And it makes perfect sense. What it seems to do is really make the vast number of people we know to be out there more real and startlingly close…. yet still more far away than ever. I can talk to someone in Brazil or Lithuania in mere seconds, but my only real companion is the cold, breathless machine sitting on the desk.

      • that is so well said, it sent a chill up my spine. and when all those connections are disrupted, your service goes blank, or your cold breathless machine decides to stop working…the anxiety, at least for me is unbearable. so much of my human connection is through online friends, so maybe it’s more pronounced for me.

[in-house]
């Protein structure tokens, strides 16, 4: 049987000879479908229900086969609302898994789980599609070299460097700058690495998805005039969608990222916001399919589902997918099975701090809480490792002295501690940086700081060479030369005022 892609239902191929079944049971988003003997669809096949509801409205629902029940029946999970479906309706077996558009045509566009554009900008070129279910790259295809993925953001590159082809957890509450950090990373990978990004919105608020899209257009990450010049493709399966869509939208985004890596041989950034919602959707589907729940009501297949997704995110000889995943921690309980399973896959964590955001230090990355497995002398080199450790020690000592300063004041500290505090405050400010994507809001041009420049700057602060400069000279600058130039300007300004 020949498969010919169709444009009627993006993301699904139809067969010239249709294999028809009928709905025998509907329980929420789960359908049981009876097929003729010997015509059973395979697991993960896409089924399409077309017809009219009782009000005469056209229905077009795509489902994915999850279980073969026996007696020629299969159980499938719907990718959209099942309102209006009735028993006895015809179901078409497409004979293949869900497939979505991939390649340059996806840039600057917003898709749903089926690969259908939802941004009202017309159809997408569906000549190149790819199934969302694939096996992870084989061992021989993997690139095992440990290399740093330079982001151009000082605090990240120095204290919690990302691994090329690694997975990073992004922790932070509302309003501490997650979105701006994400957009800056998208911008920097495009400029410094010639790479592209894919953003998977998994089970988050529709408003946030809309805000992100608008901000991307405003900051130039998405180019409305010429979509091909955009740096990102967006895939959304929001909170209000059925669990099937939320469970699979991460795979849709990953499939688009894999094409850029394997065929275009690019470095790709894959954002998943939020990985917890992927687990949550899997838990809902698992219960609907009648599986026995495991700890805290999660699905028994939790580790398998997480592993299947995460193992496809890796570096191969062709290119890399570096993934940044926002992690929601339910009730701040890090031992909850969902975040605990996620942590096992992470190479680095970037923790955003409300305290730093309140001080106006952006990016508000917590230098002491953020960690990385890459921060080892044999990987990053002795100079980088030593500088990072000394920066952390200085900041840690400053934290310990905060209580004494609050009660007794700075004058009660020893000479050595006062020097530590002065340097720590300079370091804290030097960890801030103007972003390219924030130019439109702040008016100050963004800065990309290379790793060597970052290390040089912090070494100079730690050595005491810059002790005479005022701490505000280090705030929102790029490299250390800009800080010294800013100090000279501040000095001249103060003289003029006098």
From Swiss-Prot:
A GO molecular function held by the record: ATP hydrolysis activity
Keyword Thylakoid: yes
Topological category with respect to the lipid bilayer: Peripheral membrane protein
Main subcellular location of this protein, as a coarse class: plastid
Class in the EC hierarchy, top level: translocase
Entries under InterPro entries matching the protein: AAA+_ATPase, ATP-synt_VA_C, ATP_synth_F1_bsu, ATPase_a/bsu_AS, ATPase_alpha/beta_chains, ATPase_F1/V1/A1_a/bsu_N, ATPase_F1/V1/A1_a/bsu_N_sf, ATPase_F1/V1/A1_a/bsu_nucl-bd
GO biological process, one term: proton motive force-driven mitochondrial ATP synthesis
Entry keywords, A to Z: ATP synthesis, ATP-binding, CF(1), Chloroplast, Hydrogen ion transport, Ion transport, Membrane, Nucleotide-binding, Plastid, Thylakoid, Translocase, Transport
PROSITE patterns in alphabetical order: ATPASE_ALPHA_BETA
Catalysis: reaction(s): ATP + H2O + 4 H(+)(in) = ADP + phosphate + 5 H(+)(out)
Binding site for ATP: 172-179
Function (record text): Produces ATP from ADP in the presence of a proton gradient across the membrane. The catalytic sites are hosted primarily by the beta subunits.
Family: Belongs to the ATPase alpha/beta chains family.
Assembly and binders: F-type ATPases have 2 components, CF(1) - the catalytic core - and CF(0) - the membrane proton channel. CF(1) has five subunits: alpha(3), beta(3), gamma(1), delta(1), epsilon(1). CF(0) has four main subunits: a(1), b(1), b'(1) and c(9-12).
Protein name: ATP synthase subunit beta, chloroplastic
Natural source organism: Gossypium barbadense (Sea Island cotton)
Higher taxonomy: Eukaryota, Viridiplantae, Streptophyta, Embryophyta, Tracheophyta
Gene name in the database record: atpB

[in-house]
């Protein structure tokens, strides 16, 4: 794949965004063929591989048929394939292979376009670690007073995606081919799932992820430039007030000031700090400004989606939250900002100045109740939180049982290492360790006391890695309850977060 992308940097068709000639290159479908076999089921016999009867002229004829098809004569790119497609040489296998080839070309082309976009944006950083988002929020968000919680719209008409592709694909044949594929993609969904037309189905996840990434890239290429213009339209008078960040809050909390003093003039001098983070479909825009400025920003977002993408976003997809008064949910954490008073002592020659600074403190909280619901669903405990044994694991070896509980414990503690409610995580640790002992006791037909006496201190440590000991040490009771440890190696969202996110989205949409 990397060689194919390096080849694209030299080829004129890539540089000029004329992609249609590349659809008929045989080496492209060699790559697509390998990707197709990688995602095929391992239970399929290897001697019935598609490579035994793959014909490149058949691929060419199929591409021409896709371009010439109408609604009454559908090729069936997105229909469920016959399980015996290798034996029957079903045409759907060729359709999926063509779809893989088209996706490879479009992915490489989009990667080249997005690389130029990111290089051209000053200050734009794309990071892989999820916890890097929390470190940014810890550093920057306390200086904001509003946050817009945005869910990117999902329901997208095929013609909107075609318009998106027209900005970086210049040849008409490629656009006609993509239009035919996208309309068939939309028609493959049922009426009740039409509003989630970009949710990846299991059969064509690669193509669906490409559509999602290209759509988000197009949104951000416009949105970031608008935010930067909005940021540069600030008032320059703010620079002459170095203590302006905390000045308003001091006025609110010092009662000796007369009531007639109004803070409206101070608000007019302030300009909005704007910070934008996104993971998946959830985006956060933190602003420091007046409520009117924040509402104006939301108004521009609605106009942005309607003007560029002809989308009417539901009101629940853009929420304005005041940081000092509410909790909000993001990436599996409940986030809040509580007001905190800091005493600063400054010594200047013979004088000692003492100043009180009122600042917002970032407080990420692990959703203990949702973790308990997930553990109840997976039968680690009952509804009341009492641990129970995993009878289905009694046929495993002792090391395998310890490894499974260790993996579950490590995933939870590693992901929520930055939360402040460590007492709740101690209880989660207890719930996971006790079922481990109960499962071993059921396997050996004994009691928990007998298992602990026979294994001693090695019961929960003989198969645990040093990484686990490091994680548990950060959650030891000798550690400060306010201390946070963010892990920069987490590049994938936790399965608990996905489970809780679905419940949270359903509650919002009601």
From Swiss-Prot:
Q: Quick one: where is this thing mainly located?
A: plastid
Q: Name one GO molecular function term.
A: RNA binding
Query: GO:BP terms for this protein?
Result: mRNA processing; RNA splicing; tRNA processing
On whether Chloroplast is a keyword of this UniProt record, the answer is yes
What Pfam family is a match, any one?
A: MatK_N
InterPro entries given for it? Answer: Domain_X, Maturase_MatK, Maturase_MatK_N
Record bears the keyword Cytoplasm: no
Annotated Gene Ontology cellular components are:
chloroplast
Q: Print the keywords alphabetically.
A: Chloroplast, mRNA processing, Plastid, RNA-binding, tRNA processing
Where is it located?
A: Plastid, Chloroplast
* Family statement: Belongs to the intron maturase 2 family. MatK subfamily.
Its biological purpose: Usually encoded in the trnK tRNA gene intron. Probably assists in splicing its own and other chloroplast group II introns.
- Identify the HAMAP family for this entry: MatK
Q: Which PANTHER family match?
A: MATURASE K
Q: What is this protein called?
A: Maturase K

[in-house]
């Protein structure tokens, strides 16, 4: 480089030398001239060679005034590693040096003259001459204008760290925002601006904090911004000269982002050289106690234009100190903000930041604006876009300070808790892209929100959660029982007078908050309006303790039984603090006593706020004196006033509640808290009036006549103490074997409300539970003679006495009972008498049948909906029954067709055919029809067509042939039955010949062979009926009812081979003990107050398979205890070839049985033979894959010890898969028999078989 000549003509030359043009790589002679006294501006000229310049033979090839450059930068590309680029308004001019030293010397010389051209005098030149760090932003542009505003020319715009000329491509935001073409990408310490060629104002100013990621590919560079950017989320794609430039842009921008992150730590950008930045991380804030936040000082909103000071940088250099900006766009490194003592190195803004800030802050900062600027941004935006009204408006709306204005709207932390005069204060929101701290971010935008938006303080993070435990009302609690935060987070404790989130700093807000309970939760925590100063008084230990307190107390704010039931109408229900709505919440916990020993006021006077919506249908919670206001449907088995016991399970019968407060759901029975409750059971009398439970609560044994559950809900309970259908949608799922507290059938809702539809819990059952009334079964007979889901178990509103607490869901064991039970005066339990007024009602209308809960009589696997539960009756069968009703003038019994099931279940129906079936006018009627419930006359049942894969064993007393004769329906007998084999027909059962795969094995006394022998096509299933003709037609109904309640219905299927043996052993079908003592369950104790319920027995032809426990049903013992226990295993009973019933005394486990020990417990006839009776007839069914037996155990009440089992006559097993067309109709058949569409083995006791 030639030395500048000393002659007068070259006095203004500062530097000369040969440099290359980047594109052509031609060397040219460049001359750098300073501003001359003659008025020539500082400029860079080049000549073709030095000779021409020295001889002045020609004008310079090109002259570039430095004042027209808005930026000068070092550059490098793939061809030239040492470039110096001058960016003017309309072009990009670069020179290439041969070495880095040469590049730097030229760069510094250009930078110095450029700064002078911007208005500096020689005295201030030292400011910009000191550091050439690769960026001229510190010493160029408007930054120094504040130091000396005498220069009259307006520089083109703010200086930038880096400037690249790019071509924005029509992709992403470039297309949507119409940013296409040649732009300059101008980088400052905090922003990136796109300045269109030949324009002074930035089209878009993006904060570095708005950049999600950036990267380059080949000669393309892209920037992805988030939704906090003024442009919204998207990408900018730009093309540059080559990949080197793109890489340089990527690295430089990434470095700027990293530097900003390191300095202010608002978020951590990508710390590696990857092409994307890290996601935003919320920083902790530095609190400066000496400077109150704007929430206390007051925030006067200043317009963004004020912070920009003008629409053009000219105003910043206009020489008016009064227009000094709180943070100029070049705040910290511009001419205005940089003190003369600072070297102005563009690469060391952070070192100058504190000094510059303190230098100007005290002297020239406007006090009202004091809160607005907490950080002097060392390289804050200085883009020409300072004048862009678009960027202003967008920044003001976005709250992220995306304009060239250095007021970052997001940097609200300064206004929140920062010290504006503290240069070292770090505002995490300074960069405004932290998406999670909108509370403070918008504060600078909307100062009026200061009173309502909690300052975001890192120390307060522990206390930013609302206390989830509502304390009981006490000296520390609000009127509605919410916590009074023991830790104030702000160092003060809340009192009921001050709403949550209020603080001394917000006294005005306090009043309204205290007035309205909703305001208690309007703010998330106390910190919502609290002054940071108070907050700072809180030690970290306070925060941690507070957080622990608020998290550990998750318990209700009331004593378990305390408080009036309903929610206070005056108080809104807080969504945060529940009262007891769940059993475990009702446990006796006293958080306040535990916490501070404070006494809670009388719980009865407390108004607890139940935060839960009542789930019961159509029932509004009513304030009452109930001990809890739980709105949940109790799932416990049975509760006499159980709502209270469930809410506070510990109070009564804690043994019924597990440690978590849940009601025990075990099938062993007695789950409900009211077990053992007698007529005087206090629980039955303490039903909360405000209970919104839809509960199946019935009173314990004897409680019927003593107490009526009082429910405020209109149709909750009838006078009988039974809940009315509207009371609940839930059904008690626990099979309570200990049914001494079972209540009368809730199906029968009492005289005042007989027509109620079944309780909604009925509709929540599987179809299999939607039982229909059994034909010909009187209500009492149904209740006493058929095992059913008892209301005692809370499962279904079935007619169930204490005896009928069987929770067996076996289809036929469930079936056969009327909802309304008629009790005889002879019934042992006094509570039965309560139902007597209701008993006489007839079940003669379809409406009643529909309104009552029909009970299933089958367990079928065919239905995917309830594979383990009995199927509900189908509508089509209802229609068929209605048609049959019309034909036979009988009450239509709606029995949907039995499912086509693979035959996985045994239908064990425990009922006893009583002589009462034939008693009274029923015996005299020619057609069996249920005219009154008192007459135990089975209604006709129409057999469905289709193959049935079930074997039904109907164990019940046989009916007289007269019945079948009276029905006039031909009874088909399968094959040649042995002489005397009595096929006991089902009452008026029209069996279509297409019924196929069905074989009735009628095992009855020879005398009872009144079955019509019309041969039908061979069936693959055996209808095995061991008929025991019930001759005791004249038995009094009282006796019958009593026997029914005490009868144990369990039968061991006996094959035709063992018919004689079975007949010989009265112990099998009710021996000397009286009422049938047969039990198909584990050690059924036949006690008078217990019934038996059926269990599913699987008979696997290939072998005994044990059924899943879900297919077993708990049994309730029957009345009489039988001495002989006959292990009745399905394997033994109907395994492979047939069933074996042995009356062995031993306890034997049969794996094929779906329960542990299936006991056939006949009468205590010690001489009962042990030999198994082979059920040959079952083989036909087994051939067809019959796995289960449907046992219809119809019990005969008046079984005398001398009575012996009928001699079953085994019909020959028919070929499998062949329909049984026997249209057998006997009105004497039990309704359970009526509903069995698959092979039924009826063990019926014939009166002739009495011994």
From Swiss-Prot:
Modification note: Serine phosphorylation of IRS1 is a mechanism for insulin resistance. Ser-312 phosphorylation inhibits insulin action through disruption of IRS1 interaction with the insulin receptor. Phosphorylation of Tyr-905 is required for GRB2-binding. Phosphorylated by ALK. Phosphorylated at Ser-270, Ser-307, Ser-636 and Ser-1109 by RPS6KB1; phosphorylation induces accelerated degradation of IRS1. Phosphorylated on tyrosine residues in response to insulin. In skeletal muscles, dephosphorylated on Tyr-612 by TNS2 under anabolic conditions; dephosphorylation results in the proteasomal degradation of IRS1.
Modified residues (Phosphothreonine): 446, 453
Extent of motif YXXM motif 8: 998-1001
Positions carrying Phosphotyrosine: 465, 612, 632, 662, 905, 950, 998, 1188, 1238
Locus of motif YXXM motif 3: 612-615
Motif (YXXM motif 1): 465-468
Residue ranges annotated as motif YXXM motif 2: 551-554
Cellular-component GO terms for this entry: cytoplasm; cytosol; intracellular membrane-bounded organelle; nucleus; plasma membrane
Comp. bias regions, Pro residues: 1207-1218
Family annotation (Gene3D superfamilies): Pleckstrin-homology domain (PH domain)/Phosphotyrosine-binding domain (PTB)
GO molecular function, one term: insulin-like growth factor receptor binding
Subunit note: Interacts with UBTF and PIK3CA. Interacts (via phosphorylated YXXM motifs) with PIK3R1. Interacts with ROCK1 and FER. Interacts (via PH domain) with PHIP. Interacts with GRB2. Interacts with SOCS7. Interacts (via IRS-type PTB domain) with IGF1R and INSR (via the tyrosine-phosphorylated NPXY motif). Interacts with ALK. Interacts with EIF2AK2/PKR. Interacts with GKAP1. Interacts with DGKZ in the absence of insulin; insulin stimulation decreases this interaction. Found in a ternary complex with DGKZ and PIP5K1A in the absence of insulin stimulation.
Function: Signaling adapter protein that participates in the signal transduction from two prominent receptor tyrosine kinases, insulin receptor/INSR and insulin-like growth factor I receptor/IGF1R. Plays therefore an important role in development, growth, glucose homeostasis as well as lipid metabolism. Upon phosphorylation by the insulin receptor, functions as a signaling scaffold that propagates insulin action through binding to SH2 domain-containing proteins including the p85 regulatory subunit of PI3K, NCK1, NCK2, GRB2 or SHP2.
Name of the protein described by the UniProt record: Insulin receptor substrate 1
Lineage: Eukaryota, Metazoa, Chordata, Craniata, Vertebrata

• teardropsofink says:

        Ah yes. That’s when the real silence starts to smother….and the dark creeps in a little more at the edges of your conscienceless until the screen lights up again. It’s sad but true. I find myself wondering whether it’s better to have people to talk to online or not because it only makes the loneliness more pronounced. It’s like a drop of water to a parched soul – an aid that leaves you aching for more.

      • ‘It’s like a drop of water to a parched soul – an aid that leaves you aching for more’

        and it’s a little of what was unsaid in my poem, the deception of technology. because the promise of a connection is there, the image is crystal clear, the words are immediate…yet, there is the profound yearning of never quite enough, of things always just beyond our reach…